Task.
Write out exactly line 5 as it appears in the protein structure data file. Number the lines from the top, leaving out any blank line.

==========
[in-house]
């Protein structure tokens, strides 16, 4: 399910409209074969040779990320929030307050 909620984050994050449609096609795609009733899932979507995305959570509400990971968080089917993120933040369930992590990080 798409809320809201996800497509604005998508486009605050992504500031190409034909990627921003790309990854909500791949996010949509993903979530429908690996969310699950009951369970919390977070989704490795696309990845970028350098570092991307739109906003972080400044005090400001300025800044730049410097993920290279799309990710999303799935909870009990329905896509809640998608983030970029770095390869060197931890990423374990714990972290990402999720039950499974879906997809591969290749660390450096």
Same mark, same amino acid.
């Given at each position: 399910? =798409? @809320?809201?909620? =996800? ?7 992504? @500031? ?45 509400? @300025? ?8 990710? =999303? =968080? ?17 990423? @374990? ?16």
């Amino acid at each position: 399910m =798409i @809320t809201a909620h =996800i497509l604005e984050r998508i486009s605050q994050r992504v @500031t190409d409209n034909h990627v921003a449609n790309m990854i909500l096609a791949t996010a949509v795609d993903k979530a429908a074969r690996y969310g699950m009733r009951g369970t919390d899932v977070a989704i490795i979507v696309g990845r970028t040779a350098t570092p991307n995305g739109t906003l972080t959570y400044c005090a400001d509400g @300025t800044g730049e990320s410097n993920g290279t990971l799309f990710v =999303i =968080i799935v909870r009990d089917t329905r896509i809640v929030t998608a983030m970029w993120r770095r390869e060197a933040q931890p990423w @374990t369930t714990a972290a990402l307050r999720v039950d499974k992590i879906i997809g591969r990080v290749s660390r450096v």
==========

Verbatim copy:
């Amino acid at each position: 399910m =798409i @809320t809201a909620h =996800i497509l604005e984050r998508i486009s605050q994050r992504v @500031t190409d409209n034909h990627v921003a449609n790309m990854i909500l096609a791949t996010a949509v795609d993903k979530a429908a074969r690996y969310g699950m009733r009951g369970t919390d899932v977070a989704i490795i979507v696309g990845r970028t040779a350098t570092p991307n995305g739109t906003l972080t959570y400044c005090a400001d509400g @300025t800044g730049e990320s410097n993920g290279t990971l799309f990710v =999303i =968080i799935v909870r009990d089917t329905r896509i809640v929030t998608a983030m970029w993120r770095r390869e060197a933040q931890p990423w @374990t369930t714990a972290a990402l307050r999720v039950d499974k992590i879906i997809g591969r990080v290749s660390r450096v």